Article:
Saturday, February 1, 2014

Relapse Prevention and Recovery Therapy Strategies for Getting Through the Holidays Sober

Relapse prevention may be on the top of your mind this holiday season. The holidays are generally considered a joyful, festive time, but they can be especially challenging for people in recovery from addiction, no matter how long they are in recovery. The stress of added obligations, family dynamics, a long to-do list and the fact that many holiday parties feature alcohol can make holiday time uncomfortable-and could even jeopardize your recovery. Fortunately, with some advance planning and extra thought for how to best get through this time of year, it's possible to maintain your sobriety and enjoy the holidays. So what relapse prevention and recovery therapy strategies can someone in recovery use during the holidays?

Relapse Prevention and Recovery Therapy Tips

Relapse Prevention Tip 1: Manage Stress As Part Of Your Recovery Therapy

To prevent relapse, you must focus on managing stress. Stress is a key trigger for many people in recovery. Not only does good stress management protect your sobriety, but it keeps your body and mind healthy in many ways-such as controlling blood pressure and heart rate-and helps your body better handle the aging process.

Relapse Prevention Tip 2: Gather Social Support

The most important recovery therapy strategy is to gather social support. Be sure to surround yourself with people who understand what you're going through and want you to succeed. These are the individuals you can turn to if you feel your stress level rising.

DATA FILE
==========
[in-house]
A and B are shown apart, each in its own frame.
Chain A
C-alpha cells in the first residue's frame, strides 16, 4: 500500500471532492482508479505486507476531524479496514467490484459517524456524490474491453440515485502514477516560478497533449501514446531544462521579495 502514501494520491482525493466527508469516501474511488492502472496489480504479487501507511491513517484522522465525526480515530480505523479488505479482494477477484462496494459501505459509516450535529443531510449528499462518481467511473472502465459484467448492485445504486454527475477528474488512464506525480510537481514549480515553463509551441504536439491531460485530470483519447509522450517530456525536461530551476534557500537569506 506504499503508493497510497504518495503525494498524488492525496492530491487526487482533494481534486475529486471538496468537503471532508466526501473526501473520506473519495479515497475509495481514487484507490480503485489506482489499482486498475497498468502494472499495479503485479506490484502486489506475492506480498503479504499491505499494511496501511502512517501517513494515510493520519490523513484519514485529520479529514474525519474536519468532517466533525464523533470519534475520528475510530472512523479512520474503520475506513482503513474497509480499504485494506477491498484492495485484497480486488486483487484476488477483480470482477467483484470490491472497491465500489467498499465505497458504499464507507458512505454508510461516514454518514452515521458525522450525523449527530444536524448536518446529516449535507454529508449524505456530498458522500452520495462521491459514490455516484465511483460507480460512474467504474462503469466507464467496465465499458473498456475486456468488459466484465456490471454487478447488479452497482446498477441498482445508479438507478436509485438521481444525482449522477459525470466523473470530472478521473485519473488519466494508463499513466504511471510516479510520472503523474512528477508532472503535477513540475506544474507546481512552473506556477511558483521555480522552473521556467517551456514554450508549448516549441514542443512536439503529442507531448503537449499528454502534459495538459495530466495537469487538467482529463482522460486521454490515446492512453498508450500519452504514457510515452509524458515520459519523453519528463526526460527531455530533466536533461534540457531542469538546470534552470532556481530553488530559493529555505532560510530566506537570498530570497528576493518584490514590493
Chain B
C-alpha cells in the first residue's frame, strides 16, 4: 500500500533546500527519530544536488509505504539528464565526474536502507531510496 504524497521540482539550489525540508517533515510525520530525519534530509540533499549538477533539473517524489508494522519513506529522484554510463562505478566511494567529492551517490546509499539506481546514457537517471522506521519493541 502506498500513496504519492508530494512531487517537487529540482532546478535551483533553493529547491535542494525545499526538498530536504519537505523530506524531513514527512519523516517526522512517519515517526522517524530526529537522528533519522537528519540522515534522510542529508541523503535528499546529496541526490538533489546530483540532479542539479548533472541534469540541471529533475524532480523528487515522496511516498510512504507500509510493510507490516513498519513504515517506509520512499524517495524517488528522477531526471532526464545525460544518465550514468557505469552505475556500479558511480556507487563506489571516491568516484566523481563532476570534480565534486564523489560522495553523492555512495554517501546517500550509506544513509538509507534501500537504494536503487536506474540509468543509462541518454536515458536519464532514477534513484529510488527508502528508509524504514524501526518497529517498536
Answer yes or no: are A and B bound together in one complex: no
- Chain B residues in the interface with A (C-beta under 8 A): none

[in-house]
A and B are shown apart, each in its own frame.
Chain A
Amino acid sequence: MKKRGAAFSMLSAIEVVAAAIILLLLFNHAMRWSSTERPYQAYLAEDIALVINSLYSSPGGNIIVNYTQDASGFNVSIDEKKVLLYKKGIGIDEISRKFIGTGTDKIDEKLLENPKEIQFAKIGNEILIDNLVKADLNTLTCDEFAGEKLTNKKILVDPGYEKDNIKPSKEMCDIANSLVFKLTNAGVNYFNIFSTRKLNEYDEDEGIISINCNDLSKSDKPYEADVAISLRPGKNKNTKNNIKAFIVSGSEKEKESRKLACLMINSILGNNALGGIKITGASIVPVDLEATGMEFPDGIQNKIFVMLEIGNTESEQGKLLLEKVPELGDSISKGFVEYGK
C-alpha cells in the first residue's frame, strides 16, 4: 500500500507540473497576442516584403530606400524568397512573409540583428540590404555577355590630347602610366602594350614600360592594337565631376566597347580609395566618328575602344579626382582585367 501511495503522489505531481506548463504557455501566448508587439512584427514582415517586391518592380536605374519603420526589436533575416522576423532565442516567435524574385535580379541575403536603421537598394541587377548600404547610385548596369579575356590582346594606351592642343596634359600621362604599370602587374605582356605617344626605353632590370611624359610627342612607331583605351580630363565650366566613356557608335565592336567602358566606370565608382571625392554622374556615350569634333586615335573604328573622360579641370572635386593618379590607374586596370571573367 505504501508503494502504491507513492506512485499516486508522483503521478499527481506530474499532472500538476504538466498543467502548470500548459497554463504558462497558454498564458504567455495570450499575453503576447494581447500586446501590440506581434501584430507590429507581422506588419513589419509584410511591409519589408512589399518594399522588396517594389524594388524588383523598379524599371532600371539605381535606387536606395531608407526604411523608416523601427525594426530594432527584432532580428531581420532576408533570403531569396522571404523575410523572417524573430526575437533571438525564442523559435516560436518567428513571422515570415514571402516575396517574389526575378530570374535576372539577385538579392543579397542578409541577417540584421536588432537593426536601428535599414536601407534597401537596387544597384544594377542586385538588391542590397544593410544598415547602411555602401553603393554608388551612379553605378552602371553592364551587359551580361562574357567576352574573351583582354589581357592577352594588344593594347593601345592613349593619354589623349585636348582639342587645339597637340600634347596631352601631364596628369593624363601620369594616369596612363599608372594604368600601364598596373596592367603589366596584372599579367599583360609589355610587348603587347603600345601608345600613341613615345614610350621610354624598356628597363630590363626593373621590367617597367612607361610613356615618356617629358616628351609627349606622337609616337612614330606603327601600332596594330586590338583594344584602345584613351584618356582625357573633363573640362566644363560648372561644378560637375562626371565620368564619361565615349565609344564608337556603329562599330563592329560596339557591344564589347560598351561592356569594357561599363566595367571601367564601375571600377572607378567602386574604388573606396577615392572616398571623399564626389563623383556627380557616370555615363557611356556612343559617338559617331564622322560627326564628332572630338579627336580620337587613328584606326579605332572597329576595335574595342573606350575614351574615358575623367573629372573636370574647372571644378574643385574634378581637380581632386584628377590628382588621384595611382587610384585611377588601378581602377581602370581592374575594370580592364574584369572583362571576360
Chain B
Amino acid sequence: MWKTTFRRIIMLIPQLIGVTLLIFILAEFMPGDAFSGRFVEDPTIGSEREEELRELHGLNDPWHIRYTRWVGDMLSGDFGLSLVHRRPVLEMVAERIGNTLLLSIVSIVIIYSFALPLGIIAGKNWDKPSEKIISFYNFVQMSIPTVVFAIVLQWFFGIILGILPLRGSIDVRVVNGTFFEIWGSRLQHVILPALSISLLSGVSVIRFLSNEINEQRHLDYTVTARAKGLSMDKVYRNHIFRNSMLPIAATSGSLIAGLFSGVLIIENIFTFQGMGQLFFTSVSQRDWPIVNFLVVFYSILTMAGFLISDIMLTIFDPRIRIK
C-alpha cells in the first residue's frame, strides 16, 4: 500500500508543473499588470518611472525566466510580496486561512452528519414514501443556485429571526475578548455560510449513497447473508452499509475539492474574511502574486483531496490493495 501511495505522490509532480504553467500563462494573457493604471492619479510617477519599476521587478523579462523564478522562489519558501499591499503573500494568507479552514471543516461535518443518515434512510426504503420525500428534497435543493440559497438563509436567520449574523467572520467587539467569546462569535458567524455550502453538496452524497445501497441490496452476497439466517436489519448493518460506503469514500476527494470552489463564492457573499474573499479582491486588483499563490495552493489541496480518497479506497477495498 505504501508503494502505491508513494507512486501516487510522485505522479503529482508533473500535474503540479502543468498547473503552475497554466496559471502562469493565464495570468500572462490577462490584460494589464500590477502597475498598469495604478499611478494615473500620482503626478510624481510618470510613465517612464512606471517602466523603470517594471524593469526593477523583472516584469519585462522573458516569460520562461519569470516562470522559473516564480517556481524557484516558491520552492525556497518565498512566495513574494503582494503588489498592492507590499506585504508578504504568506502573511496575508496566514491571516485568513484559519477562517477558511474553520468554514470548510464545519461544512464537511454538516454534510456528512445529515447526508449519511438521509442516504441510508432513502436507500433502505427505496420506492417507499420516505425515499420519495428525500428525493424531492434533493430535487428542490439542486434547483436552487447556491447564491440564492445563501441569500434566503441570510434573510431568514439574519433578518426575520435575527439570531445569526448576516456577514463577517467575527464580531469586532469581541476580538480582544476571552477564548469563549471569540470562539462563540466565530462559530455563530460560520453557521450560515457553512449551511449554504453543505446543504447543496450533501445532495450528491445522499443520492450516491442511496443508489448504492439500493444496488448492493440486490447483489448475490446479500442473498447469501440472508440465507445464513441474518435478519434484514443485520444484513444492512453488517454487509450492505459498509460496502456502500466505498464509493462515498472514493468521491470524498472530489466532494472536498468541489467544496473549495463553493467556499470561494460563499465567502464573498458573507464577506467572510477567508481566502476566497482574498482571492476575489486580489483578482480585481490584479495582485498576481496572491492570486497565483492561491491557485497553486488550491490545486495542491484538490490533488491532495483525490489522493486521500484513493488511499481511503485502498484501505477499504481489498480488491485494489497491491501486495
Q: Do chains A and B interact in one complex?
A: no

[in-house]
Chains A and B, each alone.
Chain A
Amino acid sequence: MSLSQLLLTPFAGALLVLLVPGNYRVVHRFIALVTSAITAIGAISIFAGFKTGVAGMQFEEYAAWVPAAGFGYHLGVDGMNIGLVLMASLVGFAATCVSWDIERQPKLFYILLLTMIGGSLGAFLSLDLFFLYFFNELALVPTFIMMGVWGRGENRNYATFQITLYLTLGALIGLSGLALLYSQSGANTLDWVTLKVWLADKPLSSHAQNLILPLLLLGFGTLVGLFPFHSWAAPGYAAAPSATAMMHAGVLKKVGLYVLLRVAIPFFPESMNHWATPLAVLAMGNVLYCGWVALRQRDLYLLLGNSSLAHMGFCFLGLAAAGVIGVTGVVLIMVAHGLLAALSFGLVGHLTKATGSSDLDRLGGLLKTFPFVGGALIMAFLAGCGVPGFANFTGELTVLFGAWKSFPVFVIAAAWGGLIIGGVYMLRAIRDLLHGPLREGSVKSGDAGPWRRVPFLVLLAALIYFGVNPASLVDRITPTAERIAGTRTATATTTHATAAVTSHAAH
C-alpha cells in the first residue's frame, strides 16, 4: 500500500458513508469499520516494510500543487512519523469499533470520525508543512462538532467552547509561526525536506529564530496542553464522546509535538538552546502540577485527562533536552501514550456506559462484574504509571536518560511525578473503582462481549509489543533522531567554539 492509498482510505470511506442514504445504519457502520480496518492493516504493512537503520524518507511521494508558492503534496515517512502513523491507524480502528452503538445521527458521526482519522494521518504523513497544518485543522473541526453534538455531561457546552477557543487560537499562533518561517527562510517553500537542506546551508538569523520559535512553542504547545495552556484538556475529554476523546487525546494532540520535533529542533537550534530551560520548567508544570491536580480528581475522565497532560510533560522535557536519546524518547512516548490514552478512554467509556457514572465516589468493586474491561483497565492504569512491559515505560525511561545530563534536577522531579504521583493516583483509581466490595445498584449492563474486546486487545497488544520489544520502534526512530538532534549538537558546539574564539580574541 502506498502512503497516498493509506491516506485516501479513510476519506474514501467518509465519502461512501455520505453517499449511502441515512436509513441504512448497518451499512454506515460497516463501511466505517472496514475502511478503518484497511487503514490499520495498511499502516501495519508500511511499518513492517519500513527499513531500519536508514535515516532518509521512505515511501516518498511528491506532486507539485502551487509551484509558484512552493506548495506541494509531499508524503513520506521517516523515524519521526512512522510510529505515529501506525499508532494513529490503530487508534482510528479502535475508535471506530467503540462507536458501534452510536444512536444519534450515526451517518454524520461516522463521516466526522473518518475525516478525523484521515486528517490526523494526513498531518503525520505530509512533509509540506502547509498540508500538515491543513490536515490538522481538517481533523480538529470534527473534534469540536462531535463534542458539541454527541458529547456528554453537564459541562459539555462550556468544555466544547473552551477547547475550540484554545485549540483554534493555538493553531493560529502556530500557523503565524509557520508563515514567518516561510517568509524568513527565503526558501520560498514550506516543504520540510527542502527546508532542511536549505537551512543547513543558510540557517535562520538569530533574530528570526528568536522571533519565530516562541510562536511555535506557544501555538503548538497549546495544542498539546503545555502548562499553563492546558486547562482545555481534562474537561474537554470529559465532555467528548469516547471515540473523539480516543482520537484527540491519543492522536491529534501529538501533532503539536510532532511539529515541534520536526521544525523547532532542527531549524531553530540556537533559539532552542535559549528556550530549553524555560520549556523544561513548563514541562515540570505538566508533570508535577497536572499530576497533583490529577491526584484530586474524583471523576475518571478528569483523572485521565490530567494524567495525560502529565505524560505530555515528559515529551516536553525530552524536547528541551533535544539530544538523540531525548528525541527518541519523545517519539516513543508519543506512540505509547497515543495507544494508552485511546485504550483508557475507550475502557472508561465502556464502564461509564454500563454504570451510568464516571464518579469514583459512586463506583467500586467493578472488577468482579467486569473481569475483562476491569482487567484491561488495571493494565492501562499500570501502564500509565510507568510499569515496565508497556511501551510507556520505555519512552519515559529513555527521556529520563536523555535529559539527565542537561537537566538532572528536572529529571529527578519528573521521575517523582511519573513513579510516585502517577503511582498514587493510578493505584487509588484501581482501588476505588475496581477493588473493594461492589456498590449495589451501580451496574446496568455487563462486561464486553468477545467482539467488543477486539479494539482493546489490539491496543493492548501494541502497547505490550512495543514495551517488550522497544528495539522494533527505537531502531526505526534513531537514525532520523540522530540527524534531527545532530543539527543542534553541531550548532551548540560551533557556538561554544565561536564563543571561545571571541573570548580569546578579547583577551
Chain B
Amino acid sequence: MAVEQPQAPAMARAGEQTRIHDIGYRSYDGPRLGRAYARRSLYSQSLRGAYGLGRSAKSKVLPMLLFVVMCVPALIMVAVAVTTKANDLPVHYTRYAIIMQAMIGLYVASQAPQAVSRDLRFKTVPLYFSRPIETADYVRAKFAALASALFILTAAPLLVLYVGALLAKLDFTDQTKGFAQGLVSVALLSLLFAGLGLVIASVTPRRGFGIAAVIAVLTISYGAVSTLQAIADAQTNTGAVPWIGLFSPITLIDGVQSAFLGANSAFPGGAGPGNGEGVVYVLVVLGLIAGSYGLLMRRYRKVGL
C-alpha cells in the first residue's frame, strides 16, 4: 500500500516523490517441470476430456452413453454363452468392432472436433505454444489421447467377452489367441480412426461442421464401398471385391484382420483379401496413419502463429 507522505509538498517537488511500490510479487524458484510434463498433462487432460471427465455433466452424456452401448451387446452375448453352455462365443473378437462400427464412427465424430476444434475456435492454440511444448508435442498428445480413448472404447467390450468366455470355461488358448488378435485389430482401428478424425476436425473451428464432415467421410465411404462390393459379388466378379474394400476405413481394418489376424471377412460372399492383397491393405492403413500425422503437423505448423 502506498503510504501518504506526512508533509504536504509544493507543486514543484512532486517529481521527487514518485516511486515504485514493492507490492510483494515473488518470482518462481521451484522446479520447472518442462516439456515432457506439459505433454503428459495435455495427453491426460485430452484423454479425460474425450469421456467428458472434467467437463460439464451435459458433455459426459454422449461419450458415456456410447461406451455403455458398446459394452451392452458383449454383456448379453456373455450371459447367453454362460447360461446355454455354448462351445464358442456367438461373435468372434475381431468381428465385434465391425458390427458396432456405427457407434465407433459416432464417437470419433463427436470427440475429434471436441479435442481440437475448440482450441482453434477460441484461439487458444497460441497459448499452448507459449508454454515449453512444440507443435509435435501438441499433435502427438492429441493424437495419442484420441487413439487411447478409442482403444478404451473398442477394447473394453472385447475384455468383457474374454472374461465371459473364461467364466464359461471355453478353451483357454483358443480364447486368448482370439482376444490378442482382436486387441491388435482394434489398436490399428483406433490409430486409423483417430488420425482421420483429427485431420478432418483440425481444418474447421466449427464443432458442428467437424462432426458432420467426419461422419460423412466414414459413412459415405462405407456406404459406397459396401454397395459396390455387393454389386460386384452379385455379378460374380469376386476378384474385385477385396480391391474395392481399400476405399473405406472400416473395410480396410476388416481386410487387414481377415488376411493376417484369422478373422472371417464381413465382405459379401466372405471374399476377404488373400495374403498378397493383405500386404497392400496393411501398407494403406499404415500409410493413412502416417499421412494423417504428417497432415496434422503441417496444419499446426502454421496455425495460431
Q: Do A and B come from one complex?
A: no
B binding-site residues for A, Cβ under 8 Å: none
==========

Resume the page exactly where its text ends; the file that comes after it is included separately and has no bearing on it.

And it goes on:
Relapse Prevention Top 3: Find Alternatives

Another key recovery therapy strategy is to identify several behaviors you can engage in instead of drinking or using drugs, if you become tempted to relapse. It's best to have this list ready before a situation like this arises; you can even write the list down so you won't forget your ideas. Examples of alternate, healthy coping strategies-as opposed to unhealthy, addictive coping strategies-include exercising, walking the dog, calling a friend, meeting a sponsor, volunteering to help others, do some yoga or meditation, try a deep-breathing relaxation exercise, or get involved in a distracting holiday activity that will take your mind off things, such as trimming the tree with your kids or nieces and nephews. Anything that occupies your mind and body while providing a temptation-free environment is good!

Remember Recovery Therapy 101: Consistency

Finally, be consistent with your recovery process. In other words, don't let the busy holiday time keep you from the treatment options that have helped you remain sober so far. Attend your regular therapy and other health-care appointments, continue to go to support-group meetings, take your medication consistently if appropriate and maintain a healthy diet and sleep schedule. All these strategies will help you maintain your relapse prevention plan and sobriety even during the sometimes stressful holiday time.